For the record, most Himalayan glaciers do seem to be retreating, and they have been "since the earliest recordings began around the middle of the nineteenth century," according to a report from India's ministry of environment and forests. The reasons are complex and still poorly understood, and we're glad to see responsible scientists acknowledge as much. If more of them could help the IPCC get its facts straight, we might put more stock in its reports.
"MIT economist finds temporary jobs may actually reduce workers' income and employment prospects," by Christine Daniloff, PhysOrg, January 20, 2010 --- http://www.physorg.com/news183385347.html
While the U.S. economy struggles, one form of employment is on the rise: Temporary jobs. In December, the country lost 85,000 jobs overall, but added 47,000 temp positions, according to the Bureau of Labor Statistics. Increasingly America relies on these contingent employees -- or “disposable workers,” as Business Week put it in a recent cover story.
For many workers, these jobs are stop-gap measures, but social scientists have long floated another idea: That temp positions help low-skill workers to acquire experience and eventually join the permanent workforce in better long-term jobs. Now, a new working paper co-authored by MIT economist David Autor throws cold water on that notion. Not only do many temp employees struggle to find long-term or “direct-hire” work, the study says, but holding a temp job generally lowers a worker’s employment and income prospects over time.
“Temp jobs have some initial positive impact,” says Autor. “But not only do they end quickly, they tend to displace what a person would have done instead, either taking a direct-hire job or engaging in the kind of search that could lead to a direct-hire job.”
Autor and his co-author, Susan Houseman of the W.E. Upjohn Institute for Employment Research in Kalamazoo, Mich., came to this conclusion after examining a welfare-to-work program in Detroit called Work First. The program offers some job-seeking training and attempts to put people in either temporary or long-term positions. Using Work First data for over 37,000 cases from 1999 to 2003, combined with state employment information, Autor and Houseman examined how workers fared in the two years before and after they participated in Work First.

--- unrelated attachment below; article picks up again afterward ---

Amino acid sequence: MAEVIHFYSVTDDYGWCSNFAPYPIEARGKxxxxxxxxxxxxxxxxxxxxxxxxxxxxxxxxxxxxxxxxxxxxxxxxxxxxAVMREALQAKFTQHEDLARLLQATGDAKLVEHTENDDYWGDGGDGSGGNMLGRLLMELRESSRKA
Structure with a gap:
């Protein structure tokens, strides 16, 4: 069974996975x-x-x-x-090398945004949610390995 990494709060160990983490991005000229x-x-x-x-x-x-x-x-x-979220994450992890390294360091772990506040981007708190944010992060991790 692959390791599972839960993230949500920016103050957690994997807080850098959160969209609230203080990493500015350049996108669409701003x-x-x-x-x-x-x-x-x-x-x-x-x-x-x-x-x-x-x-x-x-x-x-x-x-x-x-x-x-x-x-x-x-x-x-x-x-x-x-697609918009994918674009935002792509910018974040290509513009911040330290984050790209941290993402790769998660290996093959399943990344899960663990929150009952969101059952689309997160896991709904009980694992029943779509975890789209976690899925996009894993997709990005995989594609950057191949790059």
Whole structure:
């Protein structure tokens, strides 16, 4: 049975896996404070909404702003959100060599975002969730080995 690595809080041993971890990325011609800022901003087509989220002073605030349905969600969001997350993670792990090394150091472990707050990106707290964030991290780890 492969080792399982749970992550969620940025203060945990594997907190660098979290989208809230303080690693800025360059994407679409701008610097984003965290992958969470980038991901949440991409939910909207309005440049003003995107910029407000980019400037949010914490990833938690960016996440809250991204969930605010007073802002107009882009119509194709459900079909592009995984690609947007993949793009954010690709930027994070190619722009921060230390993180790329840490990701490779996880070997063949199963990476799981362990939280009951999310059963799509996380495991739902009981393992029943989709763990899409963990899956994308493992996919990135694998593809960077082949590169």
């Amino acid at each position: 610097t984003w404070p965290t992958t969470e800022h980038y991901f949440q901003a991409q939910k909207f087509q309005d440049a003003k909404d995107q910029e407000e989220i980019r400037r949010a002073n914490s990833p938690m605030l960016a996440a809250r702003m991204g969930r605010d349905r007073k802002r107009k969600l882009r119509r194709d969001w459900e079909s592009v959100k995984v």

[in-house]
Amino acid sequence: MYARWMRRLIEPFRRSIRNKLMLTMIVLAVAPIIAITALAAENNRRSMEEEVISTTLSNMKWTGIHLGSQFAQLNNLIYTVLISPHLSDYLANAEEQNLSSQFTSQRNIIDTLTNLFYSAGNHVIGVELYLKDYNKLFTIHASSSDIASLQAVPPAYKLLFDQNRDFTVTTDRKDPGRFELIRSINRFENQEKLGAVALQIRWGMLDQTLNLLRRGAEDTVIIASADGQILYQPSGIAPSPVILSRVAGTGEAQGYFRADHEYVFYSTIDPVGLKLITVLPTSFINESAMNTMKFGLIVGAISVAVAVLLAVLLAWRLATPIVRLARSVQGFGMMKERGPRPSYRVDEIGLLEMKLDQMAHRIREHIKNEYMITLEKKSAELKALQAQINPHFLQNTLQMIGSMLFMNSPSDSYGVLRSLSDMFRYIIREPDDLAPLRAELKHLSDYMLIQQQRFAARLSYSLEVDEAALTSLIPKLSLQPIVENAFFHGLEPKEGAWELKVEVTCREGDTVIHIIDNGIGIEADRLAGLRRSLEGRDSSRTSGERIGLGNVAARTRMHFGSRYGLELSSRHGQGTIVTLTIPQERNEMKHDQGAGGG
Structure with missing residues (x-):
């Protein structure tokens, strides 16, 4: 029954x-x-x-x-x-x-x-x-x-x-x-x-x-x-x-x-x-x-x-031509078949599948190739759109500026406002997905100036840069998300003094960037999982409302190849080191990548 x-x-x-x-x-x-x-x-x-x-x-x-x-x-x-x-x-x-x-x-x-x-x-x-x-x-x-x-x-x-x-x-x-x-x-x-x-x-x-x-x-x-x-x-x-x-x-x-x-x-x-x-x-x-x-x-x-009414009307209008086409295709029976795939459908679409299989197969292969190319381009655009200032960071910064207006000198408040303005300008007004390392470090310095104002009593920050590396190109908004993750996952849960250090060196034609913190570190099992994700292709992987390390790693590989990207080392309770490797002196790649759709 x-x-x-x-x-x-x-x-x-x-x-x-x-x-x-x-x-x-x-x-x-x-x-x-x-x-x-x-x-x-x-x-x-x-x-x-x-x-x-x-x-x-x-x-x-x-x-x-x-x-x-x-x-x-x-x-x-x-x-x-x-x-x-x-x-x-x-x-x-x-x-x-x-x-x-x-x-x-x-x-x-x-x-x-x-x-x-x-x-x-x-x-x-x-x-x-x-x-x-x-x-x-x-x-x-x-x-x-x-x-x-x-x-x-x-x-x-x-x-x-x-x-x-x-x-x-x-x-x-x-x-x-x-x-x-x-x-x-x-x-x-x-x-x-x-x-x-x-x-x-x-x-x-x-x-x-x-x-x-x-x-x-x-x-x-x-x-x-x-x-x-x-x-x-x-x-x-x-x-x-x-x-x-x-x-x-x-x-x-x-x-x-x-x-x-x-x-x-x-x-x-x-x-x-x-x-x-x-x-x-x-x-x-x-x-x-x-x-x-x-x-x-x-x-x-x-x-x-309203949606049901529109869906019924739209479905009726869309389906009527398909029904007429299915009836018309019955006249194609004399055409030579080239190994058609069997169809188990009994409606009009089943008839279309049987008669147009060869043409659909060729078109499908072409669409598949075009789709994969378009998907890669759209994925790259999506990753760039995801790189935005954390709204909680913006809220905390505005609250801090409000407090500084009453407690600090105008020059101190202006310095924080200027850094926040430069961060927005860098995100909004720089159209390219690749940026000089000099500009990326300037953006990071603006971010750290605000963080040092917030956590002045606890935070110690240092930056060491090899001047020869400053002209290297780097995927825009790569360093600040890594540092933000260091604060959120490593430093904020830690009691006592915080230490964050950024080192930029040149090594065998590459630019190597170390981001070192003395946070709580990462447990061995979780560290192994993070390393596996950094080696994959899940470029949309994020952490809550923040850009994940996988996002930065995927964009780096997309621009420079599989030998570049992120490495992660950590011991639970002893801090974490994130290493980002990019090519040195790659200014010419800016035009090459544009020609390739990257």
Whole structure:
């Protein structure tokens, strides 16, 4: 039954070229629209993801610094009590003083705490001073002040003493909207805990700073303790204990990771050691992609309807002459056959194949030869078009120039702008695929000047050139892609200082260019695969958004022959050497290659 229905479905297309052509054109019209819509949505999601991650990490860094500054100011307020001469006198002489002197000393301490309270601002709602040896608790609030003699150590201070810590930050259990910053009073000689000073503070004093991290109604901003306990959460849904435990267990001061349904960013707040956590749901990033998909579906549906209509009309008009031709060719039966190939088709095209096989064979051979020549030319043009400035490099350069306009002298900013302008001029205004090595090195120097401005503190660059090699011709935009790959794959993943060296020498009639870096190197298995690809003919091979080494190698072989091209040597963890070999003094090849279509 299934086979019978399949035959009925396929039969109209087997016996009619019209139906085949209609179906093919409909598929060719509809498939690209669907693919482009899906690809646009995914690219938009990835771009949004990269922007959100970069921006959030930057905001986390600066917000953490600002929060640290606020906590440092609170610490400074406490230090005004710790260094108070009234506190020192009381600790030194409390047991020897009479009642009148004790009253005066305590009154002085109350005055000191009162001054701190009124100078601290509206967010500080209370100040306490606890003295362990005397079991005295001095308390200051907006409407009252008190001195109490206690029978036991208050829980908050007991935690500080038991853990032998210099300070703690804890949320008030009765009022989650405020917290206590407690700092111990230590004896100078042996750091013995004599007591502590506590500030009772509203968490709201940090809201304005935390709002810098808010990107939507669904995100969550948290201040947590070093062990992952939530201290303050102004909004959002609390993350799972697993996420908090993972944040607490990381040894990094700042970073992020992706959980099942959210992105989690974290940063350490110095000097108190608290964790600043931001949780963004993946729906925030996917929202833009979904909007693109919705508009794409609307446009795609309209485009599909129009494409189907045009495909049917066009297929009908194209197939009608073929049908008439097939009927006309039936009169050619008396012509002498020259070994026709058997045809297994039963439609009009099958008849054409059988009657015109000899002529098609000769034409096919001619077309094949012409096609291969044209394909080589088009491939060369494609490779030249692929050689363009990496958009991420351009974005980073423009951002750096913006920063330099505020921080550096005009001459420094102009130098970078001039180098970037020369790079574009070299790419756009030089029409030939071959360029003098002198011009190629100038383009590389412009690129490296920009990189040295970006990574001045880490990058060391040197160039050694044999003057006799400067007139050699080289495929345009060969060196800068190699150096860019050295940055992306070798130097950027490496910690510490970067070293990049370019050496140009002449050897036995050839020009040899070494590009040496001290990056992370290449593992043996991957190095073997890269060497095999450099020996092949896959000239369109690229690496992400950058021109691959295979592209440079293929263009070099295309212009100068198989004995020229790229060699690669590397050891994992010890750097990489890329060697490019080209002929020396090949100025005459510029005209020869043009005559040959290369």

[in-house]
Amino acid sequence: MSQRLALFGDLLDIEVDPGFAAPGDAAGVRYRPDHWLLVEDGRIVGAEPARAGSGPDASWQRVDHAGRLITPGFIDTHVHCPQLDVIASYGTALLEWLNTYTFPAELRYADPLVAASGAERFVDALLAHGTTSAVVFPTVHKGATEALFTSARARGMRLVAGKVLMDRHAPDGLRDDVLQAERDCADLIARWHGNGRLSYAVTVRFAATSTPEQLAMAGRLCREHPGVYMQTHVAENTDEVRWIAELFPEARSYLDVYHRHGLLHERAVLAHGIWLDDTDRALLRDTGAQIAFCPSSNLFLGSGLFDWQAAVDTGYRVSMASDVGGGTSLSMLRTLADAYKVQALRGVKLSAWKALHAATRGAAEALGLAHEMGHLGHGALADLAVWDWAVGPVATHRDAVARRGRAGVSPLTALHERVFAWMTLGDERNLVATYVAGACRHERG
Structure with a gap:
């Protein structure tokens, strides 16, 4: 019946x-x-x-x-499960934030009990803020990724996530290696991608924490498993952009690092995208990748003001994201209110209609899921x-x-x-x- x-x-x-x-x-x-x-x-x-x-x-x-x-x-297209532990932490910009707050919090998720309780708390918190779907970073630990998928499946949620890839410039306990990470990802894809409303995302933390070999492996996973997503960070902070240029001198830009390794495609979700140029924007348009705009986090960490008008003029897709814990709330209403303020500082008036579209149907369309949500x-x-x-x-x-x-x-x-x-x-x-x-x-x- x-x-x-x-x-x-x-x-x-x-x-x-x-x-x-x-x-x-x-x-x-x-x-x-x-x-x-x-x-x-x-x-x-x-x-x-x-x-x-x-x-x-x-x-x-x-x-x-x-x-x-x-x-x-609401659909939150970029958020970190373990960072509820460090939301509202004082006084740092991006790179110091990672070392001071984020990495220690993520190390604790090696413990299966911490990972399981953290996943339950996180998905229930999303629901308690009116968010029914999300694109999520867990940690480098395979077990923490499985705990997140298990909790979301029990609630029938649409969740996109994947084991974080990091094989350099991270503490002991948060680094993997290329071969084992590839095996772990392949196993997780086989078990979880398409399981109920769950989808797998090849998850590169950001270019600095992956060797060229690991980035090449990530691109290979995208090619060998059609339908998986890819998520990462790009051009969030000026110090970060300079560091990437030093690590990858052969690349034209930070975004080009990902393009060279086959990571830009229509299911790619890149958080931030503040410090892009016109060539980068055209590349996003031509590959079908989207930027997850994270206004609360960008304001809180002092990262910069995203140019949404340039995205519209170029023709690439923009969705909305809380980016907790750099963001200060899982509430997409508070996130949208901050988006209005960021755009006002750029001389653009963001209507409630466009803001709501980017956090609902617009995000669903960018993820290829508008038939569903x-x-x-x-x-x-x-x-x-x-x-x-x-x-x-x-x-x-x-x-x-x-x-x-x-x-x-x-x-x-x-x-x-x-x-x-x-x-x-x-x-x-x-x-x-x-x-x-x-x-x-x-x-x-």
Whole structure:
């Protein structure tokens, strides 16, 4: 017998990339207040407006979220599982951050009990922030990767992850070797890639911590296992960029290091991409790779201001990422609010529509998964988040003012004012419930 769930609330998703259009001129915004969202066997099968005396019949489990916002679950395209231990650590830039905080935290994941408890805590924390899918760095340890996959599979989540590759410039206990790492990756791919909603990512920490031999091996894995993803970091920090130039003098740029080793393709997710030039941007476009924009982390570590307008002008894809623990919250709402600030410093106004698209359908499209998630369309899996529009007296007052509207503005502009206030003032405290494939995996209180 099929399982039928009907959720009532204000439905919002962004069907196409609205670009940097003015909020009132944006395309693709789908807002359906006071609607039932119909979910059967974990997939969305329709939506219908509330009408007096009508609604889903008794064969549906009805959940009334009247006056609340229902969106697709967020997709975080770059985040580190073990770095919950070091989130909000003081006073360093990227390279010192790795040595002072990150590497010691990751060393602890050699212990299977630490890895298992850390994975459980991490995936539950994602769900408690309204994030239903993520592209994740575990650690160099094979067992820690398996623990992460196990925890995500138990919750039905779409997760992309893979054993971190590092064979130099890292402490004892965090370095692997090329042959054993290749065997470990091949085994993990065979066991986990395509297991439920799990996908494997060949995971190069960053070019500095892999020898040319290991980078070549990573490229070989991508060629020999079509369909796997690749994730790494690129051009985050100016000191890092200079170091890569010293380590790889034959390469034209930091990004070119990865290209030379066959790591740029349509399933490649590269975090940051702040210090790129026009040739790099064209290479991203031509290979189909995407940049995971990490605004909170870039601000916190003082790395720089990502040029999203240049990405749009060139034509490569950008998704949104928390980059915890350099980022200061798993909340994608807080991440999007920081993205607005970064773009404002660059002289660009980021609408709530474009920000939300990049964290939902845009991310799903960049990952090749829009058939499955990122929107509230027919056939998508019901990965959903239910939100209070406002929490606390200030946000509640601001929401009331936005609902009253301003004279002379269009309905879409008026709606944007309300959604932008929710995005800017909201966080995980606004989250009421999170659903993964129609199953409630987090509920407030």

Their findings showed that workers placed into direct-hire jobs increased their earnings by about $2,000 per year, compared to their earnings before trying the Work First program. By contrast, workers initially placed into temp jobs saw their earnings lowered by about $1,000 per year, compared to their previous average income.
The study, “Do Temporary-Help Jobs Improve Labor Market Outcomes for Low-Skilled Workers? Evidence from ‘Work First,’” (PDF) which will be published in the American Economic Journal: Applied Economics, has clear policy implications. “Work First as a model is not a bad idea, but I think these programs should be more focused on getting people into direct-hire positions,” says Autor. “In terms of what state agencies should be spending their money on, it should not be temporary-help placements, at least for this part of the population.”
The study’s surprising results have already gained notice among labor researchers, who have often assumed a solid correlation between temp employment and better job prospects. “I would have expected them to find a positive result, but they didn’t,” says Mary Corcoran, a professor of political science, public policy, social work, and women's studies at the University of Michigan, who is conducting her own study of temporary employment in Michigan. Corcoran thinks the Autor-Houseman paper is “one of the best pieces out there on the effects of using temp agencies, because it’s more like an experiment than other studies.”